With the final tally of butts to seats in it was time to finish up some loose ends. I started with the easy one. I wrote all the names on the place cards. It was actually during this process that I made my final call to my last unresponded family. I was amazed, he called right back. They couldn't make it, which I had guessed at this point. He was sweet though. He said, "But I love you and I'm happy for you! I hope you guys stay married forever!" It made me feel a lot better. They didn't hate me and they weren't repulsed by the idea of someone marrying me. Honestly, between you and me, I really started to take things personally by the end of the RSVP process. I don't know about bridezilla-ness, but there's certainly an extreme girlly-ness that starts to emerge. It never bothered me too much when we got a "No" because traveling during the week is tricky. What started to make me a little nuts was the unresponded people. I started to imagine all sorts of insults they'd suffered at my hands and how much they hated me.
It sounds silly, but it's no surprise because the guest list from start to finish was emotional for me. Once that was settled and my "yet to responds" were a more than acceptable zero I finished up place cards. I love those kinds of tasks. You should see our Christmas card envelopes by the time we mail them out (pictures, glitter, swoopy letters, etc). I kept it simple with the place cards. Just my best swoopy letters.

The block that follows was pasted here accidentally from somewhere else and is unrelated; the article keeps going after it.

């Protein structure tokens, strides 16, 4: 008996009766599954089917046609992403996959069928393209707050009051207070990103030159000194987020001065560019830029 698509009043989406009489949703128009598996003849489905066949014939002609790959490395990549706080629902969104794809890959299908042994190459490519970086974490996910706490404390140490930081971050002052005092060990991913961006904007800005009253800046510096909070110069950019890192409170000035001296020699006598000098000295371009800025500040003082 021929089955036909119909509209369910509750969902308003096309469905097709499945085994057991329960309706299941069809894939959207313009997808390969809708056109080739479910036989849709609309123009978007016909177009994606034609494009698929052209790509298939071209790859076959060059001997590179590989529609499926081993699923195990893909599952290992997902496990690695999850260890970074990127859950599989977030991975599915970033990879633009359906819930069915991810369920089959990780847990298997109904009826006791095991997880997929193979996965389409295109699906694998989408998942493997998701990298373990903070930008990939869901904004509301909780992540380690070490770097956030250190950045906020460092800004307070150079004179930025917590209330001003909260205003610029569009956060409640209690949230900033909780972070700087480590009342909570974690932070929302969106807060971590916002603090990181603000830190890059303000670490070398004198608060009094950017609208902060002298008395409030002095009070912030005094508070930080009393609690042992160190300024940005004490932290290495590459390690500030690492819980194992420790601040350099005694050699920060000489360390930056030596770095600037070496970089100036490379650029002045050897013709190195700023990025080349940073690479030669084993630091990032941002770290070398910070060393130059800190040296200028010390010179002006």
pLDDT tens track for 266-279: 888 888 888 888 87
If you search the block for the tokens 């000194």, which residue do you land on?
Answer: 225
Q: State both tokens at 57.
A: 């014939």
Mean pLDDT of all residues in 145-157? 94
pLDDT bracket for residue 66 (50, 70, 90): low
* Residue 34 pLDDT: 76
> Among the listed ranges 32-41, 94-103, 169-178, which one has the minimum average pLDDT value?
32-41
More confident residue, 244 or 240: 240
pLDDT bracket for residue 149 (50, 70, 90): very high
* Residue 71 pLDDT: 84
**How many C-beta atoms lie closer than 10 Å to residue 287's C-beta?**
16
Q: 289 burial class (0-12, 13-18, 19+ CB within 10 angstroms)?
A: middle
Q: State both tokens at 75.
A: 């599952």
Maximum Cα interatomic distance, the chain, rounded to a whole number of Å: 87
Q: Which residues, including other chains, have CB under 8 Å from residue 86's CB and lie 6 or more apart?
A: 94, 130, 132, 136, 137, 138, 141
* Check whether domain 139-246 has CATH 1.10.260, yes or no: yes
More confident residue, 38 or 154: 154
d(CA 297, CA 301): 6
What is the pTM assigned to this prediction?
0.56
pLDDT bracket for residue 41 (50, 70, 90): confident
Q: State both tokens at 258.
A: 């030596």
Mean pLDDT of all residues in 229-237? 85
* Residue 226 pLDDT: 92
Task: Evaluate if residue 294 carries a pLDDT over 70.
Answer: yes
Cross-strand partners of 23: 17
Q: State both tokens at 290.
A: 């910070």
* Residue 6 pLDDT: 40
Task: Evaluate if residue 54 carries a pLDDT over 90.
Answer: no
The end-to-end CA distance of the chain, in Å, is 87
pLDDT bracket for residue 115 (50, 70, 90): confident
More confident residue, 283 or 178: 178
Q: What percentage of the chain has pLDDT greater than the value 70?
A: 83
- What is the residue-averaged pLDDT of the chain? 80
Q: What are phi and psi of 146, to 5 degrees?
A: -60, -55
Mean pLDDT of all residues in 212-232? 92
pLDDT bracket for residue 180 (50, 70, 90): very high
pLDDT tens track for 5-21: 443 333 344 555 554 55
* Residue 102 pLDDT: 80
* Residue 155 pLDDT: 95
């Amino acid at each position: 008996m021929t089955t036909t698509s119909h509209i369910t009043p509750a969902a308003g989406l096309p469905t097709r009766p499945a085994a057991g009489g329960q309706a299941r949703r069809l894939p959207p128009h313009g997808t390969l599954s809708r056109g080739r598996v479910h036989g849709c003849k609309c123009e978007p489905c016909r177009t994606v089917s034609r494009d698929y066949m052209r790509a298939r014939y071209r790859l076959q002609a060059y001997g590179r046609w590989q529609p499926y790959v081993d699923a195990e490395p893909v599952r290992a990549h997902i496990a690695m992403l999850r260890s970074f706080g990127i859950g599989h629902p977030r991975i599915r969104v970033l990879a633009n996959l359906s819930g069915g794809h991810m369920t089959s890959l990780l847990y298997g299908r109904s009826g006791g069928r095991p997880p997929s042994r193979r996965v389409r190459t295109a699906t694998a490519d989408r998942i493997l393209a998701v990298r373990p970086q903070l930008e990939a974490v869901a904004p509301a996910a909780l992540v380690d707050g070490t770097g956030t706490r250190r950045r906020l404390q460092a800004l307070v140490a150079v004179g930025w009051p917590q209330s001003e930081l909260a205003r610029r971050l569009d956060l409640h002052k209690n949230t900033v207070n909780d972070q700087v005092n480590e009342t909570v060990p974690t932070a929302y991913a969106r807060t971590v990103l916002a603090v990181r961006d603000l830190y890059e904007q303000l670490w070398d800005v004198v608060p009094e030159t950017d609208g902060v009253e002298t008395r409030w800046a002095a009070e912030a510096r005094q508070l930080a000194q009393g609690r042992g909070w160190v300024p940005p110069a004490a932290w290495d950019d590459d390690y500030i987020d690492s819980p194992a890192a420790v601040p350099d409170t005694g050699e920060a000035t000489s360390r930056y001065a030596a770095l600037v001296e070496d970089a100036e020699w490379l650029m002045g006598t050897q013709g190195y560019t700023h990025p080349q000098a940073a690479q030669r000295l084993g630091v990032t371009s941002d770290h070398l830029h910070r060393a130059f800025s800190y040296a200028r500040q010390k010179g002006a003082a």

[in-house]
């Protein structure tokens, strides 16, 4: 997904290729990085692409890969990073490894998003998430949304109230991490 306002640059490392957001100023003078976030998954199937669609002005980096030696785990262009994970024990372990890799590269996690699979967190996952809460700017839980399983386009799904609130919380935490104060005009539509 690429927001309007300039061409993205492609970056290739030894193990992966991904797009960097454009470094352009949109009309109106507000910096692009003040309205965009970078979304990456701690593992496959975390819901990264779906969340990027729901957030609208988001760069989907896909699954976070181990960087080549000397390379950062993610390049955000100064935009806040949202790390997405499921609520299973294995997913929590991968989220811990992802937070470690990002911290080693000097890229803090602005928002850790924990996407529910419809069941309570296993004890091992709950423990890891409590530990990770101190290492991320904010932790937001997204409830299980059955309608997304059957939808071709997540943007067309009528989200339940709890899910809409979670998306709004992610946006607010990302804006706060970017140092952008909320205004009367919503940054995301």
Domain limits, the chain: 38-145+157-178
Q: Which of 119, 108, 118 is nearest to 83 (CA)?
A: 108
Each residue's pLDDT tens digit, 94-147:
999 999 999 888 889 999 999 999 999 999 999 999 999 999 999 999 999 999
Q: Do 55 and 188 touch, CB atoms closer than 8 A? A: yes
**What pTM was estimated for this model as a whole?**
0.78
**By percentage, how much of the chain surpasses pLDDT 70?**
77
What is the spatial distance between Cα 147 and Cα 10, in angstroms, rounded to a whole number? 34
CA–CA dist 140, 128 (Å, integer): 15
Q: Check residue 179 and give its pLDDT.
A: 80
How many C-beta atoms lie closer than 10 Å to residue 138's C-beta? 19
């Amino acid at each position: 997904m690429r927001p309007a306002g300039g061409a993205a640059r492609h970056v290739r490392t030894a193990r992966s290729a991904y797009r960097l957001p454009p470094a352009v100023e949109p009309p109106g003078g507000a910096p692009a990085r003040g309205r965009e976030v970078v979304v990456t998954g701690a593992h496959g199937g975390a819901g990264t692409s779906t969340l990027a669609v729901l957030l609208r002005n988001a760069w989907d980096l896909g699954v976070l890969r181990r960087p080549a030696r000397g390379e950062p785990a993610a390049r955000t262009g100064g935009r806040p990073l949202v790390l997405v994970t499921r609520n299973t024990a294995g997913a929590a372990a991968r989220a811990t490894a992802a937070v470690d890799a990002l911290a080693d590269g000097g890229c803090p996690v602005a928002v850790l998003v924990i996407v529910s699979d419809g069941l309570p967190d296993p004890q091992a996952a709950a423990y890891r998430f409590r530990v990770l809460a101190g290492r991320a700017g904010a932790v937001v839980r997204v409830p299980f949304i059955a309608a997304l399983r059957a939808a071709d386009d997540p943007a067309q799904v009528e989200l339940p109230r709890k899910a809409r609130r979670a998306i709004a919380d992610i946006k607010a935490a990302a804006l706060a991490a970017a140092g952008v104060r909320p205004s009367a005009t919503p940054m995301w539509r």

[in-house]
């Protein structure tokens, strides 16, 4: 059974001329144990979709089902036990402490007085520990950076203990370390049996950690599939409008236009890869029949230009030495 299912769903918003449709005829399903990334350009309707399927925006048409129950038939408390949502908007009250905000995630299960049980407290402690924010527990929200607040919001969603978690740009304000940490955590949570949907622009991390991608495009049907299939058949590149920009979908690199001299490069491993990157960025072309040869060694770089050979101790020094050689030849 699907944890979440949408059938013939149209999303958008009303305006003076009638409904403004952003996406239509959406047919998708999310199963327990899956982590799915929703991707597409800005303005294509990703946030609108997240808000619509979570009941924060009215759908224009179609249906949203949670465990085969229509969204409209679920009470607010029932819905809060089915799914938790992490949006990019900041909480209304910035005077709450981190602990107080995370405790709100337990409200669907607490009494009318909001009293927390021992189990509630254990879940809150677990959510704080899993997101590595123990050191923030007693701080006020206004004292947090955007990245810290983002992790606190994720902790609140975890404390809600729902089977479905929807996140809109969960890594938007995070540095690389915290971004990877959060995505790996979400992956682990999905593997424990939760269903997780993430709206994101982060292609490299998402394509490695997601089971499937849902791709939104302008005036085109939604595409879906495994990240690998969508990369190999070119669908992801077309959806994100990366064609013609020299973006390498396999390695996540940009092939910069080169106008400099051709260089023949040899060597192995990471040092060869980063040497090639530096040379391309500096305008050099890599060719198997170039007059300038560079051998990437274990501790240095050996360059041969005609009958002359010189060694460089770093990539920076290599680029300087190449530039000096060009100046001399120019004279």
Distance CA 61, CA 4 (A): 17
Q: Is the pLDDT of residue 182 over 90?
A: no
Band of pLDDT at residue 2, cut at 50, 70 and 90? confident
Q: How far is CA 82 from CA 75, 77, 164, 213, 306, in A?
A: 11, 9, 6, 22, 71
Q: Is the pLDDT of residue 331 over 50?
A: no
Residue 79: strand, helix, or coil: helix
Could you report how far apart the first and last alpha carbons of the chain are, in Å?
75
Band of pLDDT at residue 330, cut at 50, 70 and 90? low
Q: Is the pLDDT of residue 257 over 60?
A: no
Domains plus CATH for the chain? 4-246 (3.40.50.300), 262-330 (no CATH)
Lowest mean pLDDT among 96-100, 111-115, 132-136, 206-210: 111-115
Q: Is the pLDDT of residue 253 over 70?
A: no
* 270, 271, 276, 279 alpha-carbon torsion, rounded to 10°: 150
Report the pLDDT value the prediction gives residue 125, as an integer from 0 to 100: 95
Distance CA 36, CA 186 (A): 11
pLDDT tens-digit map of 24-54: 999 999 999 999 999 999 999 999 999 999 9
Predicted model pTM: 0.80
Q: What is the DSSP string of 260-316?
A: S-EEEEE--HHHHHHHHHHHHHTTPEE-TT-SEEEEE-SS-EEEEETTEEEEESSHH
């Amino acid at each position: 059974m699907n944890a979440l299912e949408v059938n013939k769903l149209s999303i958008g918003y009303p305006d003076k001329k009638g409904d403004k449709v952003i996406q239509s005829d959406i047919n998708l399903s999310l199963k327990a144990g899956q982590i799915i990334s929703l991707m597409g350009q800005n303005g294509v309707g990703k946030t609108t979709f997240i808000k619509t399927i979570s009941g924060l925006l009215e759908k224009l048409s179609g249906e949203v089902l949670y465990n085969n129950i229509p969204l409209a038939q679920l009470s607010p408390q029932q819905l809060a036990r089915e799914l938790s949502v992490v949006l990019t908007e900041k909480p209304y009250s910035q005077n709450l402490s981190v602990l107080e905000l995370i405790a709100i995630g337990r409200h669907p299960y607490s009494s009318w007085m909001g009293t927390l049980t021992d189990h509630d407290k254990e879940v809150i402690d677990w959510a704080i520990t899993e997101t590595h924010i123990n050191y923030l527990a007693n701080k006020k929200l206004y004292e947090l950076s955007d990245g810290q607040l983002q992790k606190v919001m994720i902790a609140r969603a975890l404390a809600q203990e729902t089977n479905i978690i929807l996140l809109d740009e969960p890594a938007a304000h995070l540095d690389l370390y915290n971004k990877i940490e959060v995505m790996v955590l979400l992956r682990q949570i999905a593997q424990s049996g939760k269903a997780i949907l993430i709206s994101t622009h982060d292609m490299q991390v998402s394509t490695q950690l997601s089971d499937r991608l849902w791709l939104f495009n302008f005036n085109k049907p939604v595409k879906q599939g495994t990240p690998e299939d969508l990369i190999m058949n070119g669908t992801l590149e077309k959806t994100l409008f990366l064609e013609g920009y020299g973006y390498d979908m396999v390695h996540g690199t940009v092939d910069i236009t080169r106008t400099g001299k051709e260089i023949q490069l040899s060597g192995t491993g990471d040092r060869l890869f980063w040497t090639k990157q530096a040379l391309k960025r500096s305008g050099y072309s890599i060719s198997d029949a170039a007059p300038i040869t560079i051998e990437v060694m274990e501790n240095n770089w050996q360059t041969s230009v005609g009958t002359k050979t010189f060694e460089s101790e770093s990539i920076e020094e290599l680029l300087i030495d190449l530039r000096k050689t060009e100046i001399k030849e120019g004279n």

Next was the dreaded seating chart. Actually, I had a head start because we did a "rough seating chart" right after invitations went out to see what it would look like if everyone came. It was through weddingwire.com where I have my guest list so as people RSVPed no they were automatically un-seated. We got rid of 3 whole tables off the bat. We have two kids tables by age so those were super easy.
The wedding party and their significant others are all sitting with us at a feasting style table. King and Queen (aka Bride and Groom) at the head. So, that one was fairly simple it just took some seat shuffling. The rest of the adult guests were a true puzzle. 10ft round tables seat 8people. While everyone knows Mike and I not everyone knows each other. It took about 10 tries to make it make sense. I needed parents near the kids tables, divorced parents at different ends of the room, out of town friends with other people they could talk to and so on.
At this point every guest has a seat and every table has a name. Mike took the chalkboard easel to his mom with a list of who's sitting where so she can make our seating chart. Yay! Check.